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Downtown Makes Seniors Feel at Home

By Olin Ericksen
Staff Writer

December 12 -- For two years Nola, her daughter Sharon and granddaughter Bim made it a habit to go to the Tudor House for tea.

A Downtown institution for nearly a half-century, the traditional British teahouse was the perfect setting for Nola. It was also the last place the three gathered before she passed away.

“Everybody is polite,” said Bim, who attended teatime at the Tudor House since she was a little girl. “I think especially for a woman of her generation, it made her feel like she was in her element.”

With nearly a quarter of the patrons who drop in born before World War II, the Tudor House is one place where many of Nola's generation go to feel in their element.

Seniors show off dance moves at one of the Senior Recreation Center's many activities.

Yet the teahouse is far from being the only place those 62 years and older can feel at home Downtown. In fact, from socializing to shopping to exercising, Downtown Santa Monica is a city unto itself for what is sometimes a forgotten, yet thriving, population.

Nola was one of 13,932 Santa Monica residents who were 62 or older when the U.S. Census took its latest count in 2000. In fact, seniors accounted for nearly 17 percent of the city’s population of 80,080.

That's nearly 7 percent higher than Los Angeles County (9.7 percent) or even California as a whole (10.7 percent), according to the census.

And though the population is in a backslide – seniors 65 and older comprised 14.4 percent of the city’s population in 2000, down from 16.5 percent in 1990 – Santa Monica and its Downtown remain a beehive of senior activity.

Ask how long Judy Lamm and Doris Power have been friends, they’ll tell you the same thing.

“I don't remember,” said Lamm, a longtime Santa Monica resident whose friend Doris comes down from Pacific Palisades to hang out in the Downtown.

Each held onto a side of a rolling basket as they made their way through the Farmers Market on a recent Wednesday, moving at a steady clip to ensure they didn’t miss out on the best produce.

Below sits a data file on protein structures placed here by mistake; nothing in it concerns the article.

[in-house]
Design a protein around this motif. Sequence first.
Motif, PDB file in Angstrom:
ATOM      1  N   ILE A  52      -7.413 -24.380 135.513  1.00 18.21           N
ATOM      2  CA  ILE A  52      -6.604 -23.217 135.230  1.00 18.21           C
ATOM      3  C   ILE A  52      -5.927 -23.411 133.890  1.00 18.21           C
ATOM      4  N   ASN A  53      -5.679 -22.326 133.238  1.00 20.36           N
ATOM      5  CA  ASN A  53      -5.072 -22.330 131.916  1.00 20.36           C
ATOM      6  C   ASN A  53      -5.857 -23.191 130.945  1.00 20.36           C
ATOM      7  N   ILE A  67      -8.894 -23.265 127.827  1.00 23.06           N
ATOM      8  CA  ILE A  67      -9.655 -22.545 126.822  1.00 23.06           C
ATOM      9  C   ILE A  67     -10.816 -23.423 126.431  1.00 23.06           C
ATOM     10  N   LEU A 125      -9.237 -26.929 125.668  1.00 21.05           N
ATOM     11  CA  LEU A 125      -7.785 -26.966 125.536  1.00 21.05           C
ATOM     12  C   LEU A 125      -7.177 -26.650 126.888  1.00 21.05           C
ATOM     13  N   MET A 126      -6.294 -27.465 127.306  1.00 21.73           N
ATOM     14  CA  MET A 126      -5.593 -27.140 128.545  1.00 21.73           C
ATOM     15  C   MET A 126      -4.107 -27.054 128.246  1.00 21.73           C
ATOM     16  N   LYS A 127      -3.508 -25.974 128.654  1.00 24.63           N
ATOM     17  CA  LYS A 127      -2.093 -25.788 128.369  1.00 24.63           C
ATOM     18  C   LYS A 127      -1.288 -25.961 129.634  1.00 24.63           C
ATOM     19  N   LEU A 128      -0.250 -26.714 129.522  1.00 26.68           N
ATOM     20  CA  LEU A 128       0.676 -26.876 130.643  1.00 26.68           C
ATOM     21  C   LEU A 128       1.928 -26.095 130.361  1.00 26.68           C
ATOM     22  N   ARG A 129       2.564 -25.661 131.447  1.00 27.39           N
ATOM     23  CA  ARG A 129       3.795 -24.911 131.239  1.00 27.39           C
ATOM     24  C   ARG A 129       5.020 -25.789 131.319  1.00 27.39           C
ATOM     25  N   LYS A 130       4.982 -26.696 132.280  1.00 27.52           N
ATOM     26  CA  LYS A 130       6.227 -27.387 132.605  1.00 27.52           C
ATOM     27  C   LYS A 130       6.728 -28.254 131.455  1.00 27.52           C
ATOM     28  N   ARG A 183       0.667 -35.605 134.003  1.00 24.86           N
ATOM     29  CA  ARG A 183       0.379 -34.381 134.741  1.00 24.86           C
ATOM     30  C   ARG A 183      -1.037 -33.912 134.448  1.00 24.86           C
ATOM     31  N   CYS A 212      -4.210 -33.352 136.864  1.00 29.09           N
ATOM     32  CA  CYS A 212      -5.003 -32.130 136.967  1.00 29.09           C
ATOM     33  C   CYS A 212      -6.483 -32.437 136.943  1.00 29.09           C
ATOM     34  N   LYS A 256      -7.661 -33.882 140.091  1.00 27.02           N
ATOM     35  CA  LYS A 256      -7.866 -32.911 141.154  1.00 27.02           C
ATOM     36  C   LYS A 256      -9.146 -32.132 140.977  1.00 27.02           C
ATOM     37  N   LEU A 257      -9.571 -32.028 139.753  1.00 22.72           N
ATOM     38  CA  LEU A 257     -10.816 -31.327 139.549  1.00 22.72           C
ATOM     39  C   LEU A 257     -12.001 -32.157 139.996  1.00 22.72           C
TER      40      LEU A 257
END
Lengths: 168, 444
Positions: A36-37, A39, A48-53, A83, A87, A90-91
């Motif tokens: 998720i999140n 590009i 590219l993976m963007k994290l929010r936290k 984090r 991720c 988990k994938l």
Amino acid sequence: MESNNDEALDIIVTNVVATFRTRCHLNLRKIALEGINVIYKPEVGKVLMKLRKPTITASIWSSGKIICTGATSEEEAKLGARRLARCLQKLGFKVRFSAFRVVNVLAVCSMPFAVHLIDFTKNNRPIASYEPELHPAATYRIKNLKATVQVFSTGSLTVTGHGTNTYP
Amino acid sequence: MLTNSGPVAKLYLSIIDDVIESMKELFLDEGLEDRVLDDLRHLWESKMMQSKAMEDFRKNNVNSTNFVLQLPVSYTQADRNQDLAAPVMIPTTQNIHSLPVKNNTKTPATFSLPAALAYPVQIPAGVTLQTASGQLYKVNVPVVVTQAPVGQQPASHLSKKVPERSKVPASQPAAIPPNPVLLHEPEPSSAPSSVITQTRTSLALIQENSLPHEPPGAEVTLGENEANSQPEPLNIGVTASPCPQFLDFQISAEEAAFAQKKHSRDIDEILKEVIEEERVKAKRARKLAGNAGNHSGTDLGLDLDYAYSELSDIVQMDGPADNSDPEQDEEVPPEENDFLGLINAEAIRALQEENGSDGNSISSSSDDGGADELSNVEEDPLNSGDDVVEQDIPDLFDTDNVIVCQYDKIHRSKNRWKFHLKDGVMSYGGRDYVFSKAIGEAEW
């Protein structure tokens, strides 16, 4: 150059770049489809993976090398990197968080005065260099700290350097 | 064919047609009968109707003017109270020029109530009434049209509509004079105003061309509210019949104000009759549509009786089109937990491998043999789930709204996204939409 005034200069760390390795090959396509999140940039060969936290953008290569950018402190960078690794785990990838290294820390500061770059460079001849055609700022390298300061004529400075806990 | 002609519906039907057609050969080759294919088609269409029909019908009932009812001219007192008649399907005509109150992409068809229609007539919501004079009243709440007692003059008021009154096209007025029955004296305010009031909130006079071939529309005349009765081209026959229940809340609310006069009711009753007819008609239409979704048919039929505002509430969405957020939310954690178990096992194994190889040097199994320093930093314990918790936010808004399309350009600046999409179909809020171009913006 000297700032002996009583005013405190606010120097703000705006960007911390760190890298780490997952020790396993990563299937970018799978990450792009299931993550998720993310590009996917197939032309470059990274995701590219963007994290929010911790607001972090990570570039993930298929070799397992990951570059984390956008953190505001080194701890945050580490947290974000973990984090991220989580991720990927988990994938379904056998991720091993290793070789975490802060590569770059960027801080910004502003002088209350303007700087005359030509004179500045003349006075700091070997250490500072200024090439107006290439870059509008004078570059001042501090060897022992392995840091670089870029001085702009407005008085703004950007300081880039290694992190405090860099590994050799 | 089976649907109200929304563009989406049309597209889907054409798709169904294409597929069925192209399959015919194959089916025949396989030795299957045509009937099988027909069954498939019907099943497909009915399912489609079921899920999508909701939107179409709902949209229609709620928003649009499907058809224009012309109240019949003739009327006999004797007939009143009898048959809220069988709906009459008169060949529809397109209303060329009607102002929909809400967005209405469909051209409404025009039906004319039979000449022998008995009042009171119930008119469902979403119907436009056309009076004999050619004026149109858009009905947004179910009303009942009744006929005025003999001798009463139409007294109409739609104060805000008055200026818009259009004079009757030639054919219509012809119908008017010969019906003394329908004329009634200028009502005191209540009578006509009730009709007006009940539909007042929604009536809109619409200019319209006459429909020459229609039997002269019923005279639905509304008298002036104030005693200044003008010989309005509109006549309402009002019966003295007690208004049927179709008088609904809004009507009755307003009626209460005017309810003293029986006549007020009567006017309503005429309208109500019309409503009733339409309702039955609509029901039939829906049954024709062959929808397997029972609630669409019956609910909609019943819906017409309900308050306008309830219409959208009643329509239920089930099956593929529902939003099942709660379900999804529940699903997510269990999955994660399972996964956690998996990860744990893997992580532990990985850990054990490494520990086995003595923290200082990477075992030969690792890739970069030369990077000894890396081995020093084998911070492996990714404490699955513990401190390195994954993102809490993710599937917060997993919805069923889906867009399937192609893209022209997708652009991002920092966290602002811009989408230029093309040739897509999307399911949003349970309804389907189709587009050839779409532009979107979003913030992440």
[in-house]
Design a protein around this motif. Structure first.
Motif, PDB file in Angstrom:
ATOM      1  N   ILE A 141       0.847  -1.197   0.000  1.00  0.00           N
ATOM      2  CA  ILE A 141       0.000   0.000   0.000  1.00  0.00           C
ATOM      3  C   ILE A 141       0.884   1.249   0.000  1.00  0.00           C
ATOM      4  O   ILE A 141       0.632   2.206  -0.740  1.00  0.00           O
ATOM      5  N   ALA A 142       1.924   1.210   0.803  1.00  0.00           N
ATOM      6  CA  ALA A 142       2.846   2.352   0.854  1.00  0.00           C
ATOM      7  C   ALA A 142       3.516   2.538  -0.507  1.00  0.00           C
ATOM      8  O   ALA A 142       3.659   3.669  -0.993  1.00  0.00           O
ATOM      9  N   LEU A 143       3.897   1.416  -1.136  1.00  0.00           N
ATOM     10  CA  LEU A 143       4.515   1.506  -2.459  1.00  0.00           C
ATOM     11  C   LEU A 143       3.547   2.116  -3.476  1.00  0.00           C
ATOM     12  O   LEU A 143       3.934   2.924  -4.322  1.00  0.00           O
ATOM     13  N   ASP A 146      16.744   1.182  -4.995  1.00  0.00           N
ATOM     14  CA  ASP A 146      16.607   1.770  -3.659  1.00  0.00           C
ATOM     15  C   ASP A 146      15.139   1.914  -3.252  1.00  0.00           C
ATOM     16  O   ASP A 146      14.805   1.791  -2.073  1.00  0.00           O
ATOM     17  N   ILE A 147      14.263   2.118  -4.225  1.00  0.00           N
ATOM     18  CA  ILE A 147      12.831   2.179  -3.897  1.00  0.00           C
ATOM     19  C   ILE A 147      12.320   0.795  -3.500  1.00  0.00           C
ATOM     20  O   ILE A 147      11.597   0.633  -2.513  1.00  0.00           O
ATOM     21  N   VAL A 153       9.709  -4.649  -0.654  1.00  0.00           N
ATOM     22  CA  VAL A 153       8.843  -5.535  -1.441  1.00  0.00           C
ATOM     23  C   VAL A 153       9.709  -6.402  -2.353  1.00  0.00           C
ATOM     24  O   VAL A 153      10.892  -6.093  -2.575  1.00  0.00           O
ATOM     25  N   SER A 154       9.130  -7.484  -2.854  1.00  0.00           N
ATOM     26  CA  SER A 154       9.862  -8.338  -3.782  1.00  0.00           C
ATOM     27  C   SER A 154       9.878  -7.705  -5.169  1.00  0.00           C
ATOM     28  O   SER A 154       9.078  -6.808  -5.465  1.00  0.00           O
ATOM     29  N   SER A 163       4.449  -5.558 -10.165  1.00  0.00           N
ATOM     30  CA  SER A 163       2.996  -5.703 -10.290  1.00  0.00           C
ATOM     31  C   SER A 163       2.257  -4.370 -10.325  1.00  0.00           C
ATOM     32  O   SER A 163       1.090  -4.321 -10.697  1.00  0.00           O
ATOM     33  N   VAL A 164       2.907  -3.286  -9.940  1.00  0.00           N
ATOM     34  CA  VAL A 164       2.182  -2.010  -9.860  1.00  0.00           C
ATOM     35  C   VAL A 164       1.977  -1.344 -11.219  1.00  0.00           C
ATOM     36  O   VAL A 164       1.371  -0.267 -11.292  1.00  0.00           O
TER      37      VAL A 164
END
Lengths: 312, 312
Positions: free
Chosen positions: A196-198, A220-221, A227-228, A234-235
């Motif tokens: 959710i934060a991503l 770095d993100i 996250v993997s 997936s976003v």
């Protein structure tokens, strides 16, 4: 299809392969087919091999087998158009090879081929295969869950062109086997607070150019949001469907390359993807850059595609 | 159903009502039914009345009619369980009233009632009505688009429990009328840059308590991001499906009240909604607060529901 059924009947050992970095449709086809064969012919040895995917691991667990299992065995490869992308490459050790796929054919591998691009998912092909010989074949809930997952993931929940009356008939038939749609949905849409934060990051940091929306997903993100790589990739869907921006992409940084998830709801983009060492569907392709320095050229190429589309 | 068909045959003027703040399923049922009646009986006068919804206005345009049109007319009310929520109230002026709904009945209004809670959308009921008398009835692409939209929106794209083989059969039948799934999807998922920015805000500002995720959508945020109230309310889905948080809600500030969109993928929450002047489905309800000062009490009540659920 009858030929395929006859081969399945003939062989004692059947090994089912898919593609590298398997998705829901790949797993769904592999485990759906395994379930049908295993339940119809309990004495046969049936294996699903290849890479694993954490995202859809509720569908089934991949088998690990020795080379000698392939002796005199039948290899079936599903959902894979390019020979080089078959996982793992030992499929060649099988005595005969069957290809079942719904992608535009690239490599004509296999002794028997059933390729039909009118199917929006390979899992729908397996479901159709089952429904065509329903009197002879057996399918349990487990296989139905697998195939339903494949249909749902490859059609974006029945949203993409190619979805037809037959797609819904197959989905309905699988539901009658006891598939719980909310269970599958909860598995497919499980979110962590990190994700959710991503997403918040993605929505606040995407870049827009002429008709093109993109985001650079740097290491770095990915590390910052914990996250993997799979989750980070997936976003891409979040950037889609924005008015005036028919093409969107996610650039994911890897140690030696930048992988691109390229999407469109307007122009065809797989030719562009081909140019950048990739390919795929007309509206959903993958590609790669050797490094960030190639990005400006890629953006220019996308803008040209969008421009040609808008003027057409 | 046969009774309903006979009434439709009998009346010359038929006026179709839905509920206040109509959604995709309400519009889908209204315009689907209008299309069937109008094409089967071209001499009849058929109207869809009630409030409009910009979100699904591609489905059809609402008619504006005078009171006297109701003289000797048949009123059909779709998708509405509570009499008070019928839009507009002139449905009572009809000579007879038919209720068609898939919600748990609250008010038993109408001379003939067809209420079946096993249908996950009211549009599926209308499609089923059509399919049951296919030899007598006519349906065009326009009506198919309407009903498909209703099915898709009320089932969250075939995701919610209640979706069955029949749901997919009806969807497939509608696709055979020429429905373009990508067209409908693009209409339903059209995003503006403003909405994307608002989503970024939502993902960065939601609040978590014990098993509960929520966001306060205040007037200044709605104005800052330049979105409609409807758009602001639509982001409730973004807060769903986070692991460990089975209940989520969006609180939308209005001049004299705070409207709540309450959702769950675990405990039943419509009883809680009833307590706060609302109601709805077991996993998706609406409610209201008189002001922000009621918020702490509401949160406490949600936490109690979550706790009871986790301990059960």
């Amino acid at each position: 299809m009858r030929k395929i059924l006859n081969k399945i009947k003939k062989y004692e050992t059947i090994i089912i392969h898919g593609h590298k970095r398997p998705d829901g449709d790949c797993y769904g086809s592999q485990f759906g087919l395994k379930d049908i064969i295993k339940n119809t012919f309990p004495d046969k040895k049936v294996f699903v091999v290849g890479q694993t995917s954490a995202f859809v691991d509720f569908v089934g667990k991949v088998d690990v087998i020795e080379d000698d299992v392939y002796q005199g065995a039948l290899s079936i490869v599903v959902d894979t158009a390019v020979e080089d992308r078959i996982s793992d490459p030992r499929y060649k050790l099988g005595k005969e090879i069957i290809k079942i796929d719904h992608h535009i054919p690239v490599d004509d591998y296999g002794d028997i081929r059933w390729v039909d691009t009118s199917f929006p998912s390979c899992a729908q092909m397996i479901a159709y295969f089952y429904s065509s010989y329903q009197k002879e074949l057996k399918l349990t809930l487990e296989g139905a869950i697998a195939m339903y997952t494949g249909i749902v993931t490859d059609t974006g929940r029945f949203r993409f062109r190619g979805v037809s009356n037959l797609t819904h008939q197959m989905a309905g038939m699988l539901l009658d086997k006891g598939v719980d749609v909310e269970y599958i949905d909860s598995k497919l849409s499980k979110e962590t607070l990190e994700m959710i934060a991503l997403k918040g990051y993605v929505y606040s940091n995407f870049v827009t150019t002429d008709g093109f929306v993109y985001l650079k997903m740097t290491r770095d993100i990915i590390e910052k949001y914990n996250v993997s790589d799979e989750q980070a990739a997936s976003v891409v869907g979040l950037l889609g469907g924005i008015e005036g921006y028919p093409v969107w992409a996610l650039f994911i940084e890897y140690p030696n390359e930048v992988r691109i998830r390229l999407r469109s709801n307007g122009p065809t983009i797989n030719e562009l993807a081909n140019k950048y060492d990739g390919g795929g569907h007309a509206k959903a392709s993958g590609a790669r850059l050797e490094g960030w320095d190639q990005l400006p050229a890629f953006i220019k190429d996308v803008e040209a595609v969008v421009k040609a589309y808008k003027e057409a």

They walked and talked as a comedic duo, finishing each other’s sentences and slyly smiling at the other’s response.

“I can’t recall how long we’ve been coming to the Farmers Market, but it happens a lot,” said Lamm, eyeing a bundle of bright red radishes.

After shopping, the two might take in a movie or dine in the area. “There’s so much to choose from, and we just come down here and pal around for the day,” said Power.

The Farmers’ Market isn’t the only venue that will bring the two Downtown this week. In the next couple of days, Power will go down a few blocks to the YMCA to swim – a routine she says is the secret to her youthful look.

Lamm will also be back Downtown to attend her computer class at Emeritus College, where 3,400 seniors were enrolled at the new campus on 2nd Street last year.

And they are not alone.

Food, shopping, entertainment, college classes and exercise lure countless active seniors to the Downtown for their basic needs and as a place to spend time together.

While an estimated 150 seniors a day get a low-cost workout at the YMCA, the third floor of Santa Monica Place is a better-kept secret. Yet each Monday, Wednesday and Friday morning, scores of active seniors arrive at the indoor mall between 8 and 10 a.m. ready to sweat.

Funded by UCLA, The Santa Monica Strutters, as they are known, have been walking rings around the mall floors for 14 years.

“There are between 70 and 80 members, and I’d say on any given day there are maybe 25 to 30 seniors walking,” said Erica Dixon, senior marketing manager for Santa Monica Place.